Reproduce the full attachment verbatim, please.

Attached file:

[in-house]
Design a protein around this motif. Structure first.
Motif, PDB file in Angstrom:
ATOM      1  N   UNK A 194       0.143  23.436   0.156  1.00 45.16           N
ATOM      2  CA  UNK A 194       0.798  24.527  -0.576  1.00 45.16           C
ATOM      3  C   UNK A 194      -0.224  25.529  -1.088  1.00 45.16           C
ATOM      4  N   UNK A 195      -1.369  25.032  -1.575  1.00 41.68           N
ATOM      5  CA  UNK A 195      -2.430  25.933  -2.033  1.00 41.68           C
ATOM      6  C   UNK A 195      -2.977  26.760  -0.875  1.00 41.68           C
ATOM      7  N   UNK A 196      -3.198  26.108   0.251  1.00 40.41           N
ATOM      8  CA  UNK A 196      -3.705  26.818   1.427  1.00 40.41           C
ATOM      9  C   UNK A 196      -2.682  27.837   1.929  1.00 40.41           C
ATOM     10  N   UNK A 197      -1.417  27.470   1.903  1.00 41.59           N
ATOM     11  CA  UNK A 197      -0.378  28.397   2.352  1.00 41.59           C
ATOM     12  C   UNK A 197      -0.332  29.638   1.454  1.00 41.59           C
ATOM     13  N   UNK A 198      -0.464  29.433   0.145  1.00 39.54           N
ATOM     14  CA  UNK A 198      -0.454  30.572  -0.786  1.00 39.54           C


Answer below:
[in-house]
Design a protein around this motif. Structure first.
Motif, PDB file in Angstrom:
ATOM      1  N   UNK A 194       0.143  23.436   0.156  1.00 45.16           N
ATOM      2  CA  UNK A 194       0.798  24.527  -0.576  1.00 45.16           C
ATOM      3  C   UNK A 194      -0.224  25.529  -1.088  1.00 45.16           C
ATOM      4  N   UNK A 195      -1.369  25.032  -1.575  1.00 41.68           N
ATOM      5  CA  UNK A 195      -2.430  25.933  -2.033  1.00 41.68           C
ATOM      6  C   UNK A 195      -2.977  26.760  -0.875  1.00 41.68           C
ATOM      7  N   UNK A 196      -3.198  26.108   0.251  1.00 40.41           N
ATOM      8  CA  UNK A 196      -3.705  26.818   1.427  1.00 40.41           C
ATOM      9  C   UNK A 196      -2.682  27.837   1.929  1.00 40.41           C
ATOM     10  N   UNK A 197      -1.417  27.470   1.903  1.00 41.59           N
ATOM     11  CA  UNK A 197      -0.378  28.397   2.352  1.00 41.59           C
ATOM     12  C   UNK A 197      -0.332  29.638   1.454  1.00 41.59           C
ATOM     13  N   UNK A 198      -0.464  29.433   0.145  1.00 39.54           N
ATOM     14  CA  UNK A 198      -0.454  30.572  -0.786  1.00 39.54           C